“As big as we are in commodities and resources, we are bigger still in manufacturing, in technology and R&D and innovation … Canada is a good home for foreign direct investment and for global companies to base themselves,” Mr. Tobin said.

The focus on this year’s economic forum is the so-called fourth Industrial Revolution, which involves the increasing use of robots, driverless cars and the sweeping changes internet technology is bringing to businesses big and small.

Mr. Trudeau said Canada is an “engine of invention” that rivals Silicon Valley with excellent universities and a strong high-tech sector that can take advantage of the next technological revolution.

“If you are looking for a country that has the diversity, the resilience, the positivity and the confidence to not just manage this change but take advantage of it, there has never been a better time to look to Canada.”

The Prime Minister was asked by Mr. Zakaria about the logic behind his plan to withdraw Canadian CF-18 fighter jets from the U.S.-led coalition air war against the Islamic State.

That Liberal election promise has upset many of Canada’s allies.

Defence Minister Harjit Sajjan was not invited to a meeting in Paris on Wednesday of seven of the key members of the coalition that included Australia and the Netherlands, both of which have similar military contributions as Canada.

The Prime Minister said that he won’t reverse the election promise but assured the audience Canada would still make a meaningful military contribution.

“The logic is that countries should look toward where their competitive advantages are,” he said. “Over the past 10 years, Canada developed a tremendous level of expertise in training and intelligence on the ground in Afghanistan, for example. And we definitely have much to contribute in helping local militias and local troops be more effective in the fight.”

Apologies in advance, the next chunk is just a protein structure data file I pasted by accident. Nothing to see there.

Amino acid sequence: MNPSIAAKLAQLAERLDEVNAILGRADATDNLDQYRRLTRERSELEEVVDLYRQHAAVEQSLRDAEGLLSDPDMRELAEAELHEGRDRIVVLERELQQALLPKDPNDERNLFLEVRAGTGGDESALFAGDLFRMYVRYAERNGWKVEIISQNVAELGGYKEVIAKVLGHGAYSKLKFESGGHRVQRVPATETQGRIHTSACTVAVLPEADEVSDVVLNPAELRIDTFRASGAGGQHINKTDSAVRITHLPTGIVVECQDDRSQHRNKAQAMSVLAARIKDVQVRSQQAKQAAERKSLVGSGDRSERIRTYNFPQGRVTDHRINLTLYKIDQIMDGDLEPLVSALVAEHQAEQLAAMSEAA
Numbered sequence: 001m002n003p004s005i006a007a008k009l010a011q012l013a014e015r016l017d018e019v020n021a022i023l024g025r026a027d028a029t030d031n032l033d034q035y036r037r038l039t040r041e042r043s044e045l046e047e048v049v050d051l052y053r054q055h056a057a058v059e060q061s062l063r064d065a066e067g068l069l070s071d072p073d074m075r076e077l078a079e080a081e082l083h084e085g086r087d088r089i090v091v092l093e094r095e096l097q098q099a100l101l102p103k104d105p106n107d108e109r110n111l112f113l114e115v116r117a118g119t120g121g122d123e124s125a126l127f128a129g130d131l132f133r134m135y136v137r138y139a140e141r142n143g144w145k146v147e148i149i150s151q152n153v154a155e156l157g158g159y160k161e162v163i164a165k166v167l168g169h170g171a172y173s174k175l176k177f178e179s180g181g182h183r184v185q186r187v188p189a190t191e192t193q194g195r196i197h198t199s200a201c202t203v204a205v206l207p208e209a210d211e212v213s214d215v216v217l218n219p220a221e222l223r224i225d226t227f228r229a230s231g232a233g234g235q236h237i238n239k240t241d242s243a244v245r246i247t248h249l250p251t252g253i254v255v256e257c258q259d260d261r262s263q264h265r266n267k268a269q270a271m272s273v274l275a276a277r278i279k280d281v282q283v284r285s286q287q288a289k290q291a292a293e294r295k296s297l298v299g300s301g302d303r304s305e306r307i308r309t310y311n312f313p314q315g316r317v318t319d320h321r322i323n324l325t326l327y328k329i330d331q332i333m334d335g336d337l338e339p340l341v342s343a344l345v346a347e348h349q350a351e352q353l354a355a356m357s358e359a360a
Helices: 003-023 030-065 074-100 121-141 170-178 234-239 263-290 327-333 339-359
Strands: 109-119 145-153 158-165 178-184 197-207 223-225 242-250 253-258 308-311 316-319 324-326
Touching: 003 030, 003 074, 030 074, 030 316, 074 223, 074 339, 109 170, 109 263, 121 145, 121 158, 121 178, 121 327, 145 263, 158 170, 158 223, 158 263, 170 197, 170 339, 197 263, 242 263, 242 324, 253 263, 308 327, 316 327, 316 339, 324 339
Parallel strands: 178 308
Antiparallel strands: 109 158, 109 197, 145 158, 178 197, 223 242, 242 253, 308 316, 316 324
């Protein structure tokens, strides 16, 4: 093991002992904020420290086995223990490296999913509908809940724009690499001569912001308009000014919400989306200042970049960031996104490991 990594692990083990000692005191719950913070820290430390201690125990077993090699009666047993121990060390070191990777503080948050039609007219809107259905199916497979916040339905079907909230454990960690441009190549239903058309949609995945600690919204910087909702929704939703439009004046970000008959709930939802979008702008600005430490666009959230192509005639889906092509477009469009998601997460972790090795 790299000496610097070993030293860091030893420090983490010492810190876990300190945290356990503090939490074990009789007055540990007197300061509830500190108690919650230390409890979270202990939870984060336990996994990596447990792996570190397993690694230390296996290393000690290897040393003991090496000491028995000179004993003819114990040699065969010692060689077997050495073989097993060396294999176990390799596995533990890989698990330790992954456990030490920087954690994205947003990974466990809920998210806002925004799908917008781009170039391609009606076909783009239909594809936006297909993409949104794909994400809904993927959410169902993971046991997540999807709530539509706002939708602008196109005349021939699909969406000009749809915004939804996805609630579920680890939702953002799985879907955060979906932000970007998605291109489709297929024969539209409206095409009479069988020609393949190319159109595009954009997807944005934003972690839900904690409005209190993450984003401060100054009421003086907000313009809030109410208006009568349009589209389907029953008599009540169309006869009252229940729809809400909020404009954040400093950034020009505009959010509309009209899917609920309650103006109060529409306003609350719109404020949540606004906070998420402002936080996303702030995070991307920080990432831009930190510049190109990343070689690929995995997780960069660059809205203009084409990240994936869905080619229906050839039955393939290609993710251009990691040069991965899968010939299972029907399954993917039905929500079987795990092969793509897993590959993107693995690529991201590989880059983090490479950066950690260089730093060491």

Mr. Trudeau has proven to be a popular attraction at the event of the rich and powerful held in this Alpine ski resort. Among the Hollywood movie stars attending are Leonardo DiCaprio and Kevin Spacey.

“[Mr. Trudeau] is very present here. People are aware he is here,” said John Manley, a former Liberal finance minister and President and CEO of the Canadian Council of Chief Executives. “I even had someone on the bus tell me he skied with him when he hadn’t even arrived yet. So certainly that celebrity status we have seen in other venues has carried over here.”

Mr. Trudeau is scheduled to sit down with General Motors CEO Mary Barra on Thursday. Discussions are likely to centre on the fate of the GM plant in Oshawa that employs 3,000 auto workers and thousands more at nearby suppliers that make seats, exterior components and other parts.

GM must decide whether to make new investments in the Oshawa assembly plant when the life cycle of the current vehicles built there comes to an end. Production of one Oshawa-made vehicle was transferred to Michigan late last year.

The global forum will devote a full panel Friday to a “New Chapter of Canada,” where Mr. Trudeau will speak, along with ministers accompanying him including Finance Minister Bill Morneau, International Trade Minister Chrystia Freeland, Economic Development Minister Navdeep Bains, Environment Minister Catherine McKenna and Treasury Board President Scott Brison.

Bank of England Governor Mark Carney, the former governor of the Bank of Canada, is having a private breakfast for Mr. Trudeau and global executives, while Dominic Barton, managing partner of McKinsey & Co., will play host to a dinner.